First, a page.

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Indy's Prominent Colored Citizens, 1880, Part 3


The man who claims to be the oldest living colored citizen, in point of length of residence in Indianapolis, is John G. Brittan, who came to this city in 1835. His second wife, Chaney Lively, was brought here as early as 1816.(2)

Although Mr. Brittan is a native of a free State (Ohio) and has never felt the whip-lash of slavery, het he has borne his full share of the burdens laid upon his race by the Northern States in caste-prejudice and deprivation of privilege. Since colored men have been counted citizens in this State, he has held a controlling influence among his people, but he has never held any political office. Mr. Brittan and Augustus Turner were the first colored men to serve on a jury in the county. Mr. Brittan has long been a very active member of the Masonic fraternity and has held every office in the grand lodge. Both he and Mr. Hinton are Knights Templars. of which degree there is one colored commandery in the State. Besides Mr. Brittan there are several men of color in Indianapolis who have attained the age of three score and ten—Axum Stewart, Augustus Turner, William Franklin and Robert Jefferson, are among their oldest men. Of these Mr. Turner is ill and thought to be not far from the verge of rife.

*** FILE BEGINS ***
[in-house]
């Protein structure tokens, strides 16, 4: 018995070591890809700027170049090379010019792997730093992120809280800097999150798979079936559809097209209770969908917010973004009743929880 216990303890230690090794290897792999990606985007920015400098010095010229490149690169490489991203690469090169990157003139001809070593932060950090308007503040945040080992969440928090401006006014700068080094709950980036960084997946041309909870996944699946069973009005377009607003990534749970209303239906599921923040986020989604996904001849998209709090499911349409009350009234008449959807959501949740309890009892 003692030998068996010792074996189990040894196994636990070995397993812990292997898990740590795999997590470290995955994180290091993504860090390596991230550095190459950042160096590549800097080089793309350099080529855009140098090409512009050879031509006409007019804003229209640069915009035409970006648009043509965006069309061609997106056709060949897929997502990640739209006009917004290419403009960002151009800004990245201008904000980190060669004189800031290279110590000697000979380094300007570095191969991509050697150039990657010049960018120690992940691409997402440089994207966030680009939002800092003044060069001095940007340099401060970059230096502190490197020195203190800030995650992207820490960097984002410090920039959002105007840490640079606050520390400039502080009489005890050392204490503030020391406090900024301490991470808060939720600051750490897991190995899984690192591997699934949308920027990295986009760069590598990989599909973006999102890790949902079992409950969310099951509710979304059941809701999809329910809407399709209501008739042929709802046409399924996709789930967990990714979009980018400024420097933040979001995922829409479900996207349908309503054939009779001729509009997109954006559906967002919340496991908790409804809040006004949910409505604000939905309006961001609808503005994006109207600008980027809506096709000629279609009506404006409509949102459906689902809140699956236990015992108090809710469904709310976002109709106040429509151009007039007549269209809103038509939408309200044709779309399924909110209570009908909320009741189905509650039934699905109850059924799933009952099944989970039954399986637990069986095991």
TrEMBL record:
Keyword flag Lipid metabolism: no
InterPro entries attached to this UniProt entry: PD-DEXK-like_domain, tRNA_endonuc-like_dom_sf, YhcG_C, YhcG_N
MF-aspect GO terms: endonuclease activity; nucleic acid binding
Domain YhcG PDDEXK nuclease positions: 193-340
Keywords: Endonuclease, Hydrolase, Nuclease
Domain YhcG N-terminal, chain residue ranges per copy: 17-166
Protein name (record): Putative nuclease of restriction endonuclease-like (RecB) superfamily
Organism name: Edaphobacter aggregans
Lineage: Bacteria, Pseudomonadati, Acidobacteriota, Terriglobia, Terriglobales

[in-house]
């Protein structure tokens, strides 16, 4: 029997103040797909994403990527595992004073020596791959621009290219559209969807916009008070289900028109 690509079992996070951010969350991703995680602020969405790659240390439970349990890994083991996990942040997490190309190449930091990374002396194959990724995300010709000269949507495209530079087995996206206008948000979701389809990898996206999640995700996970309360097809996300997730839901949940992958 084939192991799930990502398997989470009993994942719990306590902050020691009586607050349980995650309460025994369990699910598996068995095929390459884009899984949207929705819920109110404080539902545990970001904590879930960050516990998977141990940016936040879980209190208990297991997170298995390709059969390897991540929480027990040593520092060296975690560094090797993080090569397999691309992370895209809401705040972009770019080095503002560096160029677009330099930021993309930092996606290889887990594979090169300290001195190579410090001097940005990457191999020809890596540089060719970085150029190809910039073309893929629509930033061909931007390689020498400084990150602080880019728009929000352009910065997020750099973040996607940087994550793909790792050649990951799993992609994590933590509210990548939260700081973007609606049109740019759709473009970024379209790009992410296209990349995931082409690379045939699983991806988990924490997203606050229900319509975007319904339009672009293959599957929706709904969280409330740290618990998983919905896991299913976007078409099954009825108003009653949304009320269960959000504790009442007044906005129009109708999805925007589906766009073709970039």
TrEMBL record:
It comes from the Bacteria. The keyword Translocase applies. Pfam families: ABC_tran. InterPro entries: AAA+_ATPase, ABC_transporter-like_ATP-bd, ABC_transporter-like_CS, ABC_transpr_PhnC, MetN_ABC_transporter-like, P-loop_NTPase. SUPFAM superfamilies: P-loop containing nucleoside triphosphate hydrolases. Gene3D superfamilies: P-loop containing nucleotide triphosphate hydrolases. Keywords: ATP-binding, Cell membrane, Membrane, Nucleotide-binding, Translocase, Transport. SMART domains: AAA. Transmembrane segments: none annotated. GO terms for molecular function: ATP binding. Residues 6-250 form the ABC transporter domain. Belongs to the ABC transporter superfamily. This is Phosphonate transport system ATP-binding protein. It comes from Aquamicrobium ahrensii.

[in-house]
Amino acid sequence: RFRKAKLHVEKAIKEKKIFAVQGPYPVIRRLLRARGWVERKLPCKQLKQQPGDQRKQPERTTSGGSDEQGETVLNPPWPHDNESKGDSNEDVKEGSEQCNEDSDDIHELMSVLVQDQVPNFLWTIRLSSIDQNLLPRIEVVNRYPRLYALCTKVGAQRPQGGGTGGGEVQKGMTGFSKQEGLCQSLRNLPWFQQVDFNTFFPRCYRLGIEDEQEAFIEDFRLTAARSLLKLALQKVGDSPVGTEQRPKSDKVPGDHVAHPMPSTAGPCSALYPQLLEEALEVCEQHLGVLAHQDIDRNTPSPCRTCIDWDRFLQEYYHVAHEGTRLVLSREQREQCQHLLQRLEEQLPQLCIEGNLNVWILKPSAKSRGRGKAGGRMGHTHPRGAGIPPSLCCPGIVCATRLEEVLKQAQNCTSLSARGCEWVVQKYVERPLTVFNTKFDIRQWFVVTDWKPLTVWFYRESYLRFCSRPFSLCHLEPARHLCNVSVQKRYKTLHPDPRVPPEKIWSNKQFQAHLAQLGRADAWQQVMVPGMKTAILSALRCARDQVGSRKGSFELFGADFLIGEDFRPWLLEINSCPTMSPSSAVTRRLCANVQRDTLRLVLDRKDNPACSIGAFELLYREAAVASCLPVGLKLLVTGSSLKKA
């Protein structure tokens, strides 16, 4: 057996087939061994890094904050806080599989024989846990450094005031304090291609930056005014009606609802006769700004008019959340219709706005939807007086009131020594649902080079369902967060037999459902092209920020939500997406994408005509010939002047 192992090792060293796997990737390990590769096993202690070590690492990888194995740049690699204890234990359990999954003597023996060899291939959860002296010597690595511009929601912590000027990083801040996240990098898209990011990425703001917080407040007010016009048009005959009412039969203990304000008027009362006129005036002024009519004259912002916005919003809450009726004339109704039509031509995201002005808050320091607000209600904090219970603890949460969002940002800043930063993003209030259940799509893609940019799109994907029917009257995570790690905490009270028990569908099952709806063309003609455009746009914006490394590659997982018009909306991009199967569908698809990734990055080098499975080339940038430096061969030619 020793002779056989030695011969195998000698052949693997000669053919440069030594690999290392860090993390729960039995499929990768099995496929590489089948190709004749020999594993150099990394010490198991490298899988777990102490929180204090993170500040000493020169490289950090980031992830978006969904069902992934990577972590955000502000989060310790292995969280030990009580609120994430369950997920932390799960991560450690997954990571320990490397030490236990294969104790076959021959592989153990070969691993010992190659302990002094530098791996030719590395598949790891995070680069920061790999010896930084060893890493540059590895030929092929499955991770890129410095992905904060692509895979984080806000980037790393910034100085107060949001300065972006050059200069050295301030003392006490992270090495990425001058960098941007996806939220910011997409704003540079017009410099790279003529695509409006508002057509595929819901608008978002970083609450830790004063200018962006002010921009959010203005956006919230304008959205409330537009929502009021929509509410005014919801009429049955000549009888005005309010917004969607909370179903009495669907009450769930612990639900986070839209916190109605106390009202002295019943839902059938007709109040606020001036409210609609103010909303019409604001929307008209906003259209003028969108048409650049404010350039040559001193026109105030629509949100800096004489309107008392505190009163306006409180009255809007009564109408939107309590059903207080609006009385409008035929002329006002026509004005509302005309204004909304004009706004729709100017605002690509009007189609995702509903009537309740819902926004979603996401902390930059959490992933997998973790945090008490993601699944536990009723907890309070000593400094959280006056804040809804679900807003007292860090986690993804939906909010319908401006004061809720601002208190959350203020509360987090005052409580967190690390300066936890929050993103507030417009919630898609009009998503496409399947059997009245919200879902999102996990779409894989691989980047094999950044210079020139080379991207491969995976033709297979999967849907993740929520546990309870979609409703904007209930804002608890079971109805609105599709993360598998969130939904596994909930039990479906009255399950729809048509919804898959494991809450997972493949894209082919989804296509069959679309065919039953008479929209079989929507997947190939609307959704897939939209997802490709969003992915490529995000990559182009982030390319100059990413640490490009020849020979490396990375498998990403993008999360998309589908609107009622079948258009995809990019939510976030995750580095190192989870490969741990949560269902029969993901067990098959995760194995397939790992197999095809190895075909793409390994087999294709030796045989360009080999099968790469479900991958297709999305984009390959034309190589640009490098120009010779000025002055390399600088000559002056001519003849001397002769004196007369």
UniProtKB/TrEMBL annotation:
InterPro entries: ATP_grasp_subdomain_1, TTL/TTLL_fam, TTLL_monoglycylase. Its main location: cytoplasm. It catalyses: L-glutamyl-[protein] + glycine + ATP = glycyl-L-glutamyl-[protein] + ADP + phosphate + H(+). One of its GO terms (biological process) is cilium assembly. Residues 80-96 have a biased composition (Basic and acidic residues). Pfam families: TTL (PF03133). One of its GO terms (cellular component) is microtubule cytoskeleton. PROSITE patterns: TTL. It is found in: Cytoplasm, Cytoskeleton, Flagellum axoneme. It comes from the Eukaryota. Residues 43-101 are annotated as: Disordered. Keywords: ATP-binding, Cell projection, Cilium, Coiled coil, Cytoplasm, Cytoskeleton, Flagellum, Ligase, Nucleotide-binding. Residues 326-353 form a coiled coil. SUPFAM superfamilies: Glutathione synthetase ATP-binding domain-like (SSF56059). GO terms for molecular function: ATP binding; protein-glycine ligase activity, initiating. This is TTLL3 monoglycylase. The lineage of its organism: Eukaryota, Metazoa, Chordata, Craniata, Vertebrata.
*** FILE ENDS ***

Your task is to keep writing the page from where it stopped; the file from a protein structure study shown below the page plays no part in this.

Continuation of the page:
In answer to the question whether this climate is found to be unfavorable to the longevity of his race, their physician expressed the opinion that when they once become acclimated, if their clothing and houses are equally comfortable, they are no more affected by the unfavorable influences of this climate than are the whites. And certainly an hour spent in the homes of their representative men and women shows that they have surrounded themselves with comfort and luxuries. An air of dignified refinement is perceptible, and good taste as shown by the presence of nice pictures and pretty ornaments.


1. I have found his surname spelled both ways. I will stick with Brittan, as this is how his name appears in the Journal article.

2. Lively's portrait was created by artist T.J. Reynolds in 2019 to accompany an article about the woman published on and written by Laura McPhee. According to McPhee, Lively is believed to have been the first Black resident of Indianapolis.

Up Next: "The Bagby Family: Henry and his sons, Robert B. and James D."

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